The Ultimate Spanish Grammar Guide to Using ‘Quien’
Who are you? Who am I? If you’re learning Spanish, it’s essential to be able to communicate with regard to yourself and others.
This post is all about using the word for “who” and “whom” in Spanish: quien.
As with any foreign language, some aspects of Spanish grammar may seem intimidating before you have learned them. Luckily, the rules regarding quien are relatively straightforward and simple. Who’s with me?
Spanish Grammar Rules: Quien as a Relative Pronoun
A relative pronoun is simply a word that refers back to a noun. Common relative pronouns In English include that, which, who(m), and whose; in Spanish that list would contain que, el que, quien, cuyo, and others. Here are 4 basic guidelines to remember for using quien:
1. Quien means who (or whom) and can only refer to a person, not an animal, nor a place, idea, or thing.
2. Quien needs to match its antecedent (the “who” it refers to) in number. If the antecedent is singular, you use quien; if it is plural, you use quienes.
3. Quien and quienes are often used after prepositions like a, para, and con.
4. The relative pronoun quien is spelled the same as the interrogative word quién, minus the accent over the e.
Beware that if you use quien exactly like “who,” you could end up making Spanish grammar mistakes like these:
- El hombre quien amo no me conoce. – The man I love doesn’t know me.
- Estos son los hermanos quienes vinieron ayer. – These are the brothers who came yesterday.
- No conozco a nadie quien sepa hablar ruso. – I don’t know anyone who can speak Russian.
These sentences seem fine, but they are actually incorrect! The rule of thumb is to always use que, even with people, unless you have a preposition. Use quien when you have a one-word preposition or para before the relative pronoun.
Such as: El hombre de quien hablas es mi tío. – The man you are talking about is my uncle.
(De is the preposition that tips us off to use quien.)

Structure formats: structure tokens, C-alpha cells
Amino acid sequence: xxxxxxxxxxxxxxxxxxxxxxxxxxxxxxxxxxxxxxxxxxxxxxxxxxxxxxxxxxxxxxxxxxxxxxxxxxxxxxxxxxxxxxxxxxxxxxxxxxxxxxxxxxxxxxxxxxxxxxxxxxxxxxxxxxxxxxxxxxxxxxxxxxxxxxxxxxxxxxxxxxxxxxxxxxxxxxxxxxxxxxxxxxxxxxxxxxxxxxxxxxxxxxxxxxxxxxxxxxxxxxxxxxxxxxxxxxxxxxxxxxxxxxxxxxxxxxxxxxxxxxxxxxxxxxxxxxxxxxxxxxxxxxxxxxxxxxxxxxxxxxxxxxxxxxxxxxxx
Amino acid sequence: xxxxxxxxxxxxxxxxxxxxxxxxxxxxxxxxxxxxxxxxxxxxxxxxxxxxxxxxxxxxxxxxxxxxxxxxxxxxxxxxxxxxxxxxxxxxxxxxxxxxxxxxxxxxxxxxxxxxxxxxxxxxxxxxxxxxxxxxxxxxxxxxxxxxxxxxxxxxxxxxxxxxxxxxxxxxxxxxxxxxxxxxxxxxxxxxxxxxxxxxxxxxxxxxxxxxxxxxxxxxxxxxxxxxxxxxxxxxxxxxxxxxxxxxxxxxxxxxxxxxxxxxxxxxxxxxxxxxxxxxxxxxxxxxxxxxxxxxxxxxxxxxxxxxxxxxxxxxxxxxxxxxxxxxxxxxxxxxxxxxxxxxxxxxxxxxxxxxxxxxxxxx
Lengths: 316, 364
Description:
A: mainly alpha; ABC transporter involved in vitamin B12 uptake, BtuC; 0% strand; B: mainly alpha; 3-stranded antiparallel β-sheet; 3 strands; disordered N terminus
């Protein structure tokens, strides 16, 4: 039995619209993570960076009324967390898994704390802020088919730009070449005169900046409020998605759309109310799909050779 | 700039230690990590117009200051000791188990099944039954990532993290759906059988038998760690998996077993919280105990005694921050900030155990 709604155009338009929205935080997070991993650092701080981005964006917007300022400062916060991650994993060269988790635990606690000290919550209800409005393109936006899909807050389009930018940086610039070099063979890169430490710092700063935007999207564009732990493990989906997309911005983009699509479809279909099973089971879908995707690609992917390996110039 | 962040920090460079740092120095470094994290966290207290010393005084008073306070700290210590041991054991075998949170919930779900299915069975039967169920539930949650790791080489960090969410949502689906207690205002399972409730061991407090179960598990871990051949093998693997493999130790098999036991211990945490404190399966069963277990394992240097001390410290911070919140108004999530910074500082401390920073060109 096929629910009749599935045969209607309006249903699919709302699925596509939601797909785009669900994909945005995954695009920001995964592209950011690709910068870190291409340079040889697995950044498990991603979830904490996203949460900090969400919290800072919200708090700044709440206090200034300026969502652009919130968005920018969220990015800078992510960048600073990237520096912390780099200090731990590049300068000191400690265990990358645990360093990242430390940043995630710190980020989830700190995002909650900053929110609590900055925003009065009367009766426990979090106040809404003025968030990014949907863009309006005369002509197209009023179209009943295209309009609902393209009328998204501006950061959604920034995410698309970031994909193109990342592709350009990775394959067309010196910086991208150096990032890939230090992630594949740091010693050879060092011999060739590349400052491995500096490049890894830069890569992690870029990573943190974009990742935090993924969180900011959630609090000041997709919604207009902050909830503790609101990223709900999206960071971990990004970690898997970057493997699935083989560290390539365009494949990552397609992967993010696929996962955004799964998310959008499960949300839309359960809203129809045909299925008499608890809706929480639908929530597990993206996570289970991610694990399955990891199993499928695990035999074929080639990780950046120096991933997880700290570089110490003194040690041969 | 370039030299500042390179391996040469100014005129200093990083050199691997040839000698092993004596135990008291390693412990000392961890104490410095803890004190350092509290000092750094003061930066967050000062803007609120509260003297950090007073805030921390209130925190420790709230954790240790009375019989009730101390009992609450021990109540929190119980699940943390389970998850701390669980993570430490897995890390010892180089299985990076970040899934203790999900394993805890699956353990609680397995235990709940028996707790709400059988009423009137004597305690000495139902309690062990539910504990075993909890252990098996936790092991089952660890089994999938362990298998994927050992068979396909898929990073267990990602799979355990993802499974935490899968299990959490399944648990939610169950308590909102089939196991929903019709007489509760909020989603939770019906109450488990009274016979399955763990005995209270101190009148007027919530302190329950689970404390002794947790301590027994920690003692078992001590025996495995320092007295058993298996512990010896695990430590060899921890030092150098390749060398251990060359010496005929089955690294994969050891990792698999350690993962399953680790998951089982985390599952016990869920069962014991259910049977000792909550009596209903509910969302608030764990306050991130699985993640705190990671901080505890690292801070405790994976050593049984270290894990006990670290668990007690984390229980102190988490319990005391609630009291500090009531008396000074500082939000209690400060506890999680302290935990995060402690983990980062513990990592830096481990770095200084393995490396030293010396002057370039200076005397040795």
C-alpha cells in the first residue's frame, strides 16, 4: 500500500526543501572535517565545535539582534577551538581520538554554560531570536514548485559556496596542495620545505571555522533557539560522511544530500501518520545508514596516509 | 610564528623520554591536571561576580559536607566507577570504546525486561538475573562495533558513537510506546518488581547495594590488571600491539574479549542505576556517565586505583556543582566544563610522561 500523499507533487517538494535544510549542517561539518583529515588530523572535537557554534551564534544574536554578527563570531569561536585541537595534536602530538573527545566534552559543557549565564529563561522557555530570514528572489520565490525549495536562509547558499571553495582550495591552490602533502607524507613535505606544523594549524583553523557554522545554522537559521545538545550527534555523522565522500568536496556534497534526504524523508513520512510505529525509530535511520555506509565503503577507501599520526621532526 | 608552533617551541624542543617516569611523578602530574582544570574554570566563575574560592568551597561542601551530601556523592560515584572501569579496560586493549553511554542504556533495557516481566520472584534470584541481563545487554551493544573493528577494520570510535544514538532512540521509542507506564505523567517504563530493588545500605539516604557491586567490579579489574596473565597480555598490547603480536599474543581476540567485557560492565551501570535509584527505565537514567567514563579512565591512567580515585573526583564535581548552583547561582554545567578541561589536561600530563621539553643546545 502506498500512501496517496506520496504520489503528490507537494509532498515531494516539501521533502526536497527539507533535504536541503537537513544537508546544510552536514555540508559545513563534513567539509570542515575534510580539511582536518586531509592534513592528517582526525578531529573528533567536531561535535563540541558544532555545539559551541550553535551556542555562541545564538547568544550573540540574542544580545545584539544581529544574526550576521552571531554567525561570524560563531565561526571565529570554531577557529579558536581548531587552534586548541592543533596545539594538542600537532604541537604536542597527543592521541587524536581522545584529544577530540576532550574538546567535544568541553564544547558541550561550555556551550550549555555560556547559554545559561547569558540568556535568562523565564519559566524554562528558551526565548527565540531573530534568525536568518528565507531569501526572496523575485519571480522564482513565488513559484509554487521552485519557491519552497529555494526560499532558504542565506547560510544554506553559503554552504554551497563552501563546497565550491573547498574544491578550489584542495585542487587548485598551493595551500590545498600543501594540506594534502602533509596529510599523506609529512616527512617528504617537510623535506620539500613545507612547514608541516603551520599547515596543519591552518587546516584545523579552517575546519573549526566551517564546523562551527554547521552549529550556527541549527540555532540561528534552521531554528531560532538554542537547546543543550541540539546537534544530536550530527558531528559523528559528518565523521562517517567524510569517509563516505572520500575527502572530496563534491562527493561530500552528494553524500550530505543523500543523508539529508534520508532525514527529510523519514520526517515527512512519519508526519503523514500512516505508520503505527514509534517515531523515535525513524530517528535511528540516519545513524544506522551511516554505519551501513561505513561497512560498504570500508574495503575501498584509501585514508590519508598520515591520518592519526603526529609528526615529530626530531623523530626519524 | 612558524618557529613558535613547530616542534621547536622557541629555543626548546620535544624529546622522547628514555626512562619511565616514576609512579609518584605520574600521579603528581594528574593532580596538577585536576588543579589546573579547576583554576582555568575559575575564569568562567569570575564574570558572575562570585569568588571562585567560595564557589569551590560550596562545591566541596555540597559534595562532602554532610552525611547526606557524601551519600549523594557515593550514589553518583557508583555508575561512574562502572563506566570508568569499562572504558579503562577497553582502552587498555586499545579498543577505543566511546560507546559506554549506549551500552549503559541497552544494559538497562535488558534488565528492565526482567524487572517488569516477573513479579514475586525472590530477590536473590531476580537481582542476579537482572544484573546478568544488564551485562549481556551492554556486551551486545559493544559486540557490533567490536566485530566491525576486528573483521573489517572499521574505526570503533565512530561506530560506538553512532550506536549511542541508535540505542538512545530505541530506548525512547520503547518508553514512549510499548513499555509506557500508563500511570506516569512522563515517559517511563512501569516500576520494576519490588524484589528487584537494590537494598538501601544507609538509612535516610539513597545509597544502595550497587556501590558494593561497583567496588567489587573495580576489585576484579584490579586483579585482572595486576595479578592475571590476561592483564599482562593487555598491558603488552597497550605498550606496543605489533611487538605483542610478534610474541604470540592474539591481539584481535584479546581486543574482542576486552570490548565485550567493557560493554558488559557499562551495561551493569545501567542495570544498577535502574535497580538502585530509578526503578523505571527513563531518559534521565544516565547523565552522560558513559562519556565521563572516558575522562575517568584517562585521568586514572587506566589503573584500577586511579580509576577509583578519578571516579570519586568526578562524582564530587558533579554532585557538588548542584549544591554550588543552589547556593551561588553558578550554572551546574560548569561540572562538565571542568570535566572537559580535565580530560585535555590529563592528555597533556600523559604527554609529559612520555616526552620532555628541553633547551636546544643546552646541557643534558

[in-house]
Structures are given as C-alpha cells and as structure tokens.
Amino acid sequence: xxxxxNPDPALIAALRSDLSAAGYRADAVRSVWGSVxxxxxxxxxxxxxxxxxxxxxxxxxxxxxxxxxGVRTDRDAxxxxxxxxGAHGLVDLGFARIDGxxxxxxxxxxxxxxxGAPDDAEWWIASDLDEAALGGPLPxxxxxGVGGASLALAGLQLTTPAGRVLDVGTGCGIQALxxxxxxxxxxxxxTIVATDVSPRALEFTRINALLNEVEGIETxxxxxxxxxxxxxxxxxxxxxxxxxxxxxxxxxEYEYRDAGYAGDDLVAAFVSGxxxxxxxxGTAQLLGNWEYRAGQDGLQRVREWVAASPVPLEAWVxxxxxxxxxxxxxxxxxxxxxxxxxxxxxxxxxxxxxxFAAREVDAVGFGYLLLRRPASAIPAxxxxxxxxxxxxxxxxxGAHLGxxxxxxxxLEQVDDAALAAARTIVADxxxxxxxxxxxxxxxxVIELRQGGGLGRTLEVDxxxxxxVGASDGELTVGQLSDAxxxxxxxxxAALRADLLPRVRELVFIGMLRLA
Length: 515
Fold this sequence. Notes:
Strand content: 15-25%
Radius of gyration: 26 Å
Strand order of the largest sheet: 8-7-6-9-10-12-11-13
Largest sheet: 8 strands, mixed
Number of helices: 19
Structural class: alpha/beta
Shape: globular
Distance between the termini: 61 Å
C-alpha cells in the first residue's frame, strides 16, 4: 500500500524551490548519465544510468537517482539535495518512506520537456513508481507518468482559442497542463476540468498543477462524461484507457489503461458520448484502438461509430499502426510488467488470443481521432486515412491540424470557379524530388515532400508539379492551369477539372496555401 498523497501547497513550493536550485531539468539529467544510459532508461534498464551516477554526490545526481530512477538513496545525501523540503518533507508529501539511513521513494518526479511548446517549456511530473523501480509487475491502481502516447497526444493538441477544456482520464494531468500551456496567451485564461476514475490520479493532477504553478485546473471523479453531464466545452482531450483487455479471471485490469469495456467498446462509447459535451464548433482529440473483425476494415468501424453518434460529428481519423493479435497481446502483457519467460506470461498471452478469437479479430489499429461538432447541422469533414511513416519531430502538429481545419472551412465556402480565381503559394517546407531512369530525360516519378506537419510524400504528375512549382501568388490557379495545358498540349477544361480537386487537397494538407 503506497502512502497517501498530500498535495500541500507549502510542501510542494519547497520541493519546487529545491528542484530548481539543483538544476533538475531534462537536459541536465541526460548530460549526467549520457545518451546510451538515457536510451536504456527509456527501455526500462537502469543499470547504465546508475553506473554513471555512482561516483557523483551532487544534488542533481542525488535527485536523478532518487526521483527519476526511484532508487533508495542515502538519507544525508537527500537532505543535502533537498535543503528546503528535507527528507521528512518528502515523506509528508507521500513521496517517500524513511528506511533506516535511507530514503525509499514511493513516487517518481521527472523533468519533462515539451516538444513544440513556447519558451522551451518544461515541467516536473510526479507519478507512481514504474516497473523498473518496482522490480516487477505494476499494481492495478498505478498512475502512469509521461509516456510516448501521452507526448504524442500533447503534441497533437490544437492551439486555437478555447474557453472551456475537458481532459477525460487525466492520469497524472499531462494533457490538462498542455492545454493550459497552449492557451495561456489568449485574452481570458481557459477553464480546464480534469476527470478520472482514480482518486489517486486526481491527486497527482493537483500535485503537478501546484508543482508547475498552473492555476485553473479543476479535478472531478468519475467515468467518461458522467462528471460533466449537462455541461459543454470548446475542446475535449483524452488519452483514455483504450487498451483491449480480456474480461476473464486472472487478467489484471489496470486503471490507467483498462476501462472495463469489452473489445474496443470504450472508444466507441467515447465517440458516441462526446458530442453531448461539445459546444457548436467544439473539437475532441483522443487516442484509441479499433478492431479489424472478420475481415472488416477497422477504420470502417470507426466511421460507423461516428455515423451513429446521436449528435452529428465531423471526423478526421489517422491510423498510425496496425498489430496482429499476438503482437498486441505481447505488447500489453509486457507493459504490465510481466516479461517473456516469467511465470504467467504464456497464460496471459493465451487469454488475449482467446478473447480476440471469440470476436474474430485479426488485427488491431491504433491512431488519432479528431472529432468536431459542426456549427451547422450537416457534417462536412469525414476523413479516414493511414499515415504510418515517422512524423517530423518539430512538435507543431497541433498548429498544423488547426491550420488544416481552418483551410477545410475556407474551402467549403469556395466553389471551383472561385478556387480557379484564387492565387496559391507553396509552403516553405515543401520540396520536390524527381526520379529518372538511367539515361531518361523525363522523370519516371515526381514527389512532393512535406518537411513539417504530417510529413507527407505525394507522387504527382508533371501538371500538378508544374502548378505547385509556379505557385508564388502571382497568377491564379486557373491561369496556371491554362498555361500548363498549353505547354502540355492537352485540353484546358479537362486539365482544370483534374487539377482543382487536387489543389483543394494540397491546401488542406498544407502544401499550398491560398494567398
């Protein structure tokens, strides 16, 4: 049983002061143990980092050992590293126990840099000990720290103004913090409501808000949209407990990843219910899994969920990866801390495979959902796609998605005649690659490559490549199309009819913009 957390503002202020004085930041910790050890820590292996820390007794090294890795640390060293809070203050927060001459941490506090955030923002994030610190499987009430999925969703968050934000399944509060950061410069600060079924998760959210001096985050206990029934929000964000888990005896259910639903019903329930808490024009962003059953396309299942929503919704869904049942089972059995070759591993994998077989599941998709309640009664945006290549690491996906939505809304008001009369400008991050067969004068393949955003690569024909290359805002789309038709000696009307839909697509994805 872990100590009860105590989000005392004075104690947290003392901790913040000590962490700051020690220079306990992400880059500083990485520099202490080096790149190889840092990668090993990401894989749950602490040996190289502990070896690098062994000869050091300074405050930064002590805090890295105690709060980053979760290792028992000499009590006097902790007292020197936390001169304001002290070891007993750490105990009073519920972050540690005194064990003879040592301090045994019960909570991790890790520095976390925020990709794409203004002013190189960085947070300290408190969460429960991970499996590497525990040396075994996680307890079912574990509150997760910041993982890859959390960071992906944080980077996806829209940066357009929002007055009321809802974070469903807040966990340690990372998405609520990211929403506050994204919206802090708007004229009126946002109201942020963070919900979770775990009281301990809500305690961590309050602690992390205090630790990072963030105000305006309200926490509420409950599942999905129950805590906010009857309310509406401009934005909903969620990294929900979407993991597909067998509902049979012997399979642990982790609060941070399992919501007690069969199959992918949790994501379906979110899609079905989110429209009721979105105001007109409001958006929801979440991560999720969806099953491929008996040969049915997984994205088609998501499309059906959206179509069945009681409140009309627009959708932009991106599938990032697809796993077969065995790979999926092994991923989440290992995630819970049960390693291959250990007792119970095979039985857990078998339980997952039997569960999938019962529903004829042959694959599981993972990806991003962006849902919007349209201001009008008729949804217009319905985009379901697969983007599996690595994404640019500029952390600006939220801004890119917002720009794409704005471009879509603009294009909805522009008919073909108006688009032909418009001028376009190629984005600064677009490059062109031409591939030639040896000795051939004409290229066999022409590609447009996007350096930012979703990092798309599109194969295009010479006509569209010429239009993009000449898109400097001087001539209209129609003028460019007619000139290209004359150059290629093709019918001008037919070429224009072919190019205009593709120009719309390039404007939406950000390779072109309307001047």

Remember, the antecedent must be a person.
Here are some more grammatically correct examples:
- Las mujeres con quienes está Laura han llegado. – The women Laura is with have arrived.
- Las chicas a quienes regalé libros son amiga. – The girls I gave books to are friends.
- A quien pueda interesar, / A quien corresponda: – To whom it may concern, as used in formal letters
- El que fue ayer fue quien lo hizo. – He who went yesterday (was the one who) did it.
- Las mujeres de quienes hablo son guatemaltecas. – The women of whom I speak about are Guatemalan.
- ¿Dónde están los niños a quienes les conté el cuento? – Where are the children to whom I told the story?
- Mi tía, quien es enfermera, me va a visitar. – My aunt, who is a nurse, is going to visit me.
Spanish Grammar Rules: Quien as a Question Word
Quien is also an interrogative pronoun, which is a fancy way of saying “question word.” Here are some ways to ask about who someone is and what they have done.
¿Quién eres? – Who are you? (singular)
¿Quiénes son ustedes? – Who are you? (plural)
¿Quién habla? – Who is speaking?
¿Quién llamó a la vecina? – Who called the neighbor?
Using Quien After a Preposition
¿A quién viene a ver? – Whom are you here to see?
¿A quiénes pediste un favor? – Whom did you ask a favor of?
¿De quién es el lápiz? – Whose pencil is this?
¿De quiénes son estos papeles? – Whose papers are these?
¿Alguien conoce a Julia, de quien está enamorado Rafa? – Does anyone know Julia, whom Rafa is in love with?
Dichos con Quién
A dicho is defined as a constructed phrase that contains a maxim, observation or piece of common sense advice. Take a look at these 7 Spanish sayings that include the word quien.
1. Dime con quién andas, y te diré quién eres. – Tell me who you hang out with, and I’ll tell you who you are.
2. Haz el bien sin mirar a quién. – Do good no matter who is watching.
3. Quien no te conozca que te compre. – If someone doesn’t know you he/she can buy you.
4. Quien mucho abarca poco aprieta. – Don’t bite off more than you can chew./Don’t spread yourself too thin. (Literally: “One who covers a lot squeezes out very little.”)
5. A quien madruga Dios lo ayuda. – The early bird gets the worm. (Literally: “God helps those who wake early.”)
6. Quien canta sus males espanta. – S/he who sings drives her/his worries away.
7. Quien siembra vientos, cosecha tempestades. – You reap what you sow. (Literally: “He who sows wind reaps storms.”)
¿Quien Quiere Aprender Español?
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